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Cover of Surgical Management of Otitis Media with Effusion in Children

Surgical Management of Otitis Media with Effusion in Children

NICE Clinical Guidelines, No. 60

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London: RCOG Press; .
ISBN-13: 978-1-904752-45-5

Excerpt

Otitis media with effusion (OME) is a condition characterised by a collection of fluid within the middle ear without signs of acute inflammation. It is most common in young children, with a bimodal peak at 2 and 5 years of age. Eighty percent of children will have had a least one episode of OME by the age of 10 years. At age 7–8 years, about 8% of children will have middle ear effusions; this incidence increases in winter. The mean duration of effusions is 6–10 weeks but some cases are more persistent.

OME is known to be a fluctuating condition with symptoms that vary with time and with age. The main symptom of OME is impaired hearing because the middle ear effusion causes a conductive hearing loss by reflection of the sound energy at the air–fluid interface. The diagnosis is based on suspicion of hearing loss, clinical history, clinical examination of the ears and appropriate audiometry and tympanometry.

While most cases of OME will resolve spontaneously, some children will need intervention because of the effects of hearing loss. This intervention may take the form of educational and social action or the provision of a hearing aid to minimise the impact of the hearing loss. No non-surgical intervention has yet been shown conclusively to be of benefit. Surgical management usually takes the form of myringotomy and insertion of a ventilation tube (grommet), with or without adenoidectomy.

Children with cleft palate are particularly susceptible to OME because of the impaired function of the Eustachian tube that results from the palatal anomaly, which in turn leads to a failure of middle ear ventilation. Similarly, children with Down’s syndrome have a high incidence of OME, partly because of their impaired immunity and mucosal abnormality, with resulting susceptibility to ear infection. These groups of children need particular surveillance for OME so that proper action can be taken.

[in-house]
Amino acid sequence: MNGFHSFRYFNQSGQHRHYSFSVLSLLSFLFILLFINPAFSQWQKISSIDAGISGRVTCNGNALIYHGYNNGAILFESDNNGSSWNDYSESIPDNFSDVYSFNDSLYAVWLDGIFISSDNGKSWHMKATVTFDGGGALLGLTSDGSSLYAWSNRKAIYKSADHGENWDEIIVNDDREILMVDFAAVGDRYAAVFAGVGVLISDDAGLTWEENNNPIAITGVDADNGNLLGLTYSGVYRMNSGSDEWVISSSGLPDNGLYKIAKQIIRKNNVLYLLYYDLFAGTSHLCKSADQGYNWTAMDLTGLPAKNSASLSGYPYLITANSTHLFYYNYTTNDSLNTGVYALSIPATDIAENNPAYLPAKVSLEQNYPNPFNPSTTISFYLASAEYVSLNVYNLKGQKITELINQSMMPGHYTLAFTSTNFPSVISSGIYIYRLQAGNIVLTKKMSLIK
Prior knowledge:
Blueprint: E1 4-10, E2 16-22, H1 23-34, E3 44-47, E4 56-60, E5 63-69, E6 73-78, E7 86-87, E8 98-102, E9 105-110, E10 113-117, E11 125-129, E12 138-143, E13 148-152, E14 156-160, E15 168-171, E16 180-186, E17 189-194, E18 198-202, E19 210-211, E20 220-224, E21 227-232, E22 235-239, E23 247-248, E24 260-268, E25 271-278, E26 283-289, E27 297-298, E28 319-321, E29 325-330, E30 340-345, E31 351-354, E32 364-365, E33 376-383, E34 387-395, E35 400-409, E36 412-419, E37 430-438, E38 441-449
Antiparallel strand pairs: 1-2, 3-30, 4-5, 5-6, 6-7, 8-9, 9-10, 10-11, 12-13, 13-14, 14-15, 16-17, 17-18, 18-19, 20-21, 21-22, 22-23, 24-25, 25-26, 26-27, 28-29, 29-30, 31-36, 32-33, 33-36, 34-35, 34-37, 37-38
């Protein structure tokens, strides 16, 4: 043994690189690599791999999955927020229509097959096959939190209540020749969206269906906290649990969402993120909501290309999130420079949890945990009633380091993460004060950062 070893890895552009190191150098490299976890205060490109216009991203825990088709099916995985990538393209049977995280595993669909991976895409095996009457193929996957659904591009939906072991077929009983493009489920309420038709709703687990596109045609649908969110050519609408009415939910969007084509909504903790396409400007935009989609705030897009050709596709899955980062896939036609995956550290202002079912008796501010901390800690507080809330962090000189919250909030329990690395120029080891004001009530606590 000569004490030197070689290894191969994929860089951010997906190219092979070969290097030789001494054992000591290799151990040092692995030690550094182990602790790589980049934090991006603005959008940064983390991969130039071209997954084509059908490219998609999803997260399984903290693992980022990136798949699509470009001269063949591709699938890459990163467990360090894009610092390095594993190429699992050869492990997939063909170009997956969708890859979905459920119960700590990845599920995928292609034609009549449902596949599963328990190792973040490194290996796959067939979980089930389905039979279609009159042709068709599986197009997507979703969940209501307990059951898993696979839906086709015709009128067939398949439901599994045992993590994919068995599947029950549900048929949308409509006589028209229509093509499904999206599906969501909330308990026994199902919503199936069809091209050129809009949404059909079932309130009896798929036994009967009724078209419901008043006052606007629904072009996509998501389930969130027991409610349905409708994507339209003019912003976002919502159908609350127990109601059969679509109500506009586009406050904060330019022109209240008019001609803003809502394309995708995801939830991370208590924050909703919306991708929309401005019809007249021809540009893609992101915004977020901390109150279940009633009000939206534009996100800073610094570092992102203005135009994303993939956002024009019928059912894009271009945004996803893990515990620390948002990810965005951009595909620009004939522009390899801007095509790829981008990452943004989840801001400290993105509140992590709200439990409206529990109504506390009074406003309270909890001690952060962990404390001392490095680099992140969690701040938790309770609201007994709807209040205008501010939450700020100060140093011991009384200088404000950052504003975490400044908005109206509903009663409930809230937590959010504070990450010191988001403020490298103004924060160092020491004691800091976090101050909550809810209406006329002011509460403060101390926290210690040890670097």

This guideline attempts to bring together the evidence related to surgical management of OME in children younger than 12 years, and to advise on best and safest practice; treatment decisions need to balance potential benefits against potential risks, reflecting the fact that the degree of benefit usually depends upon the severity and persistence of the condition.

Contents

While every effort has been made to ensure the accuracy of the information contained within this publication, the publisher can give no guarantee for information about drug dosage and application thereof contained in this book. In every individual case the respective user must check current indications and accuracy by consulting other pharmaceutical literature and following the guidelines laid down by the manufacturers of specific products and the relevant authorities in the country in which they are practising.

Copyright © 2008, National Collaborating Centre for Women’s and Children’s Health.

No part of this publication may be reproduced, stored or transmitted in any form or by any means, without the prior written permission of the publisher or, in the case of reprographic reproduction, in accordance with the terms of licences issued by the Copyright Licensing Agency in the UK [www.cla.co.uk]. Enquiries concerning reproduction outside the terms stated here should be sent to the publisher at the UK address printed on this page.

The use of registered names, trademarks, etc. in this publication does not imply, even in the absence of a specific statement, that such names are exempt from the relevant laws and regulations and therefore for general use.

Bookshelf ID: NBK51742PMID: 21452461

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